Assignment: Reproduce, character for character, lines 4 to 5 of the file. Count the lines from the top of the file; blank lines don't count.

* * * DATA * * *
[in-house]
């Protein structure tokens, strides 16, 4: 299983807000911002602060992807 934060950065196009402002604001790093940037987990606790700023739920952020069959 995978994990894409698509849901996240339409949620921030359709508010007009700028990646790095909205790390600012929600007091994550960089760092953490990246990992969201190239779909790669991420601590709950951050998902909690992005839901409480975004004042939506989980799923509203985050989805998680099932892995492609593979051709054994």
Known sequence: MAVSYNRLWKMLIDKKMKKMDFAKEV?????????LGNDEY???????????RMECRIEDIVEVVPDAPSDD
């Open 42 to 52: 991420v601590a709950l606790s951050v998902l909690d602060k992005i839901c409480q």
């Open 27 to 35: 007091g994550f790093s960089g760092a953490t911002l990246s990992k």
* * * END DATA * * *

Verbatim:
């Open 42 to 52: 991420v601590a709950l606790s951050v998902l909690d602060k992005i839901c409480q």
């Open 27 to 35: 007091g994550f790093s960089g760092a953490t911002l990246s990992k």